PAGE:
How to Control Lawn Grubs
A few grubs aren't a problem, but if you see lots of them when you turn the soil, take action.
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My name’s Stuart, I’m an associate with the Scotts company, I'm a research scientist in R&D and today I’m going to talk to you about controlling grubs. So, when you’re talking about controlling grubs, it’s important to understand something about the life cycle. The grubs that cause damage in turf grass come from beetles, so I’m standing in the vegetable garden here where we have Japanese beetles that are feeding on eggplant. They’re feeding and mating and they will go back to the turf grass and lay eggs. So, to control these, you need to have a product like GrubEx® down in the spring so that the insecticide is in the soil, ready to control the grubs when they are very, very small. Like a lot of insecticides, GrubEx® does not control the grubs in the fall when you see damage, you have control them with a preventative application. So, the damage that the grubs cause is visible in the late summer and in the fall, especially when conditions are dry. Because what the grubs are doing is they are eating roots, if there's a lot of moisture the turf grass will look like it’s fine because there’s enough moisture there for the roots. But, if it’s dry and later in the year when more of the roots are being consumed, the turf will die, turn brown and you can pull it up in sheets and underneath you’ll find the grubs. Thanks watching and if you have any questions, leave them below. For more information, go to Scotts.com. I’m Stuart and I’m Scotts Miracle-Gro.
Signs of Grub Problems
There are several easy-to-spot signs that you may have grubs in your lawn:
- Raccoons, skunks, armadillos, or birds are digging up your yard. These animals all love to dine
on large, mature grubs.
- You can pull back the dead patches on your lawn like pieces of loose carpet. This happens
because grubs eat the roots holding the turf firmly in place on the soil.
- Before the dead patches even appear, your lawn feels spongy when stepped on, as it it were freshly laid sod.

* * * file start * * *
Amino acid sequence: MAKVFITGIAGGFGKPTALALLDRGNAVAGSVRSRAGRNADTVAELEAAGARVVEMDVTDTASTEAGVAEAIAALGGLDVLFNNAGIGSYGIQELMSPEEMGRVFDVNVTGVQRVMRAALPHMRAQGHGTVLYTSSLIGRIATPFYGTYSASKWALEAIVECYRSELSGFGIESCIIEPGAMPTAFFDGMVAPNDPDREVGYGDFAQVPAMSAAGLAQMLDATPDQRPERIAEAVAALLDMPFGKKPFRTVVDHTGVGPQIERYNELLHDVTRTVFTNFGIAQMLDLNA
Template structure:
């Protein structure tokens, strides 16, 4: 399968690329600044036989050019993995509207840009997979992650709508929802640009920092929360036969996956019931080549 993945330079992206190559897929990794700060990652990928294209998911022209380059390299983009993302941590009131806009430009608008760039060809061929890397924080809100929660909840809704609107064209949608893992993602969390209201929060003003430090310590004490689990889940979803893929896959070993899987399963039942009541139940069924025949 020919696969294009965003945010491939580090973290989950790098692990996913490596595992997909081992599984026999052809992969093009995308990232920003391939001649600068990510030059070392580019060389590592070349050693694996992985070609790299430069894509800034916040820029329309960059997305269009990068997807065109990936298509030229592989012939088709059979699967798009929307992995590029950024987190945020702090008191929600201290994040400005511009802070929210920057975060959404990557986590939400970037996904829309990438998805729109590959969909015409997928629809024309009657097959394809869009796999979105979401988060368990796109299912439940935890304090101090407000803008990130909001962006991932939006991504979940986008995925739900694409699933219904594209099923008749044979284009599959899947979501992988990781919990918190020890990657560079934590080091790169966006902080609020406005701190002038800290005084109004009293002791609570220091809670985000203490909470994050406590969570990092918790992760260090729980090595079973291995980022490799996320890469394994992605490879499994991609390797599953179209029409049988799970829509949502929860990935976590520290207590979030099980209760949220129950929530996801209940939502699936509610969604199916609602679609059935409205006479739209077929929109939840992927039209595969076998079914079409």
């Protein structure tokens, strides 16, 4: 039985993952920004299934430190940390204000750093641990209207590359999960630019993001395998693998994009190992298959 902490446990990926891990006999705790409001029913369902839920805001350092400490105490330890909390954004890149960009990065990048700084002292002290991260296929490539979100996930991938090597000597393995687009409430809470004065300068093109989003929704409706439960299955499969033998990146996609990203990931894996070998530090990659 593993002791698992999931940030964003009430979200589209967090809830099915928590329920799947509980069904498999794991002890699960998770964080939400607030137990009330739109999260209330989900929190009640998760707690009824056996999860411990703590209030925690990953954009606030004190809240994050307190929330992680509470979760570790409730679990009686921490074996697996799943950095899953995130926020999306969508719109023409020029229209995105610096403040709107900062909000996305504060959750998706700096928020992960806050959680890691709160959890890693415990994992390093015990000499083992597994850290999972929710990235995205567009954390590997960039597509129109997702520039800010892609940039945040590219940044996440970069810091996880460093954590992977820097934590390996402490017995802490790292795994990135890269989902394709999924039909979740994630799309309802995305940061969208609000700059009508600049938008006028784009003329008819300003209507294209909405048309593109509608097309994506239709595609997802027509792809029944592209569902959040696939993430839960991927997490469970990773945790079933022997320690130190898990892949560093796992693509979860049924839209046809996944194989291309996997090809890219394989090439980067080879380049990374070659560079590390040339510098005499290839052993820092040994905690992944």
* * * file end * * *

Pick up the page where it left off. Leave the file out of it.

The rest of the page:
To check if you have a grub problem, peel back a square foot of green turf in each of several areas of your lawn. If you see 6 or more grubs in each area, it may be time for action.
Controlling Grubs in the Lawn
Beetles, like Japanese and chafer beetles, emerge in early summer, feed on plants in the garden, and lay their eggs in the soil in the lawn. Later in the summer, the grubs hatch and immediately begin to feed. They will continue to eat and grow until mid-fall, when they move deeper in the soil so they can survive through the winter. When the soil warms up again in the spring, the large, mature grubs move back into the upper soil levels, where they transform into adult beetles that emerge in early summer and start the whole process over again.
The key to controlling grubs is to kill them before they hatch and begin to cause damage to your lawn. In spring or early summer, apply a preventative grub control product, such as Scotts® GrubEx®1 to your lawn, following label directions. This is especially important if you’ve had problems with grubs in the past. One application of Scotts® GrubEx®1 can kill and prevent grubs for up to 4 months.
Prevention & Maintenance Tips
- Applying a preventative grub control product in the spring or early summer will provide much better grub control than waiting until after the damage has occurred.
- Use a spreader to apply Scotts® GrubEx®1. Be sure to follow application directions.
- To activate the product, water immediately after applying.
- A drought-stressed, underfed lawn will show grub damage faster, and with fewer grubs per
square foot, than a properly-fed, well-maintained lawn.
- A properly maintained lawn can tolerate more grubs per square foot than a stressed lawn.
- Repair dead patches caused by grubs with Scotts® EZ Seed®.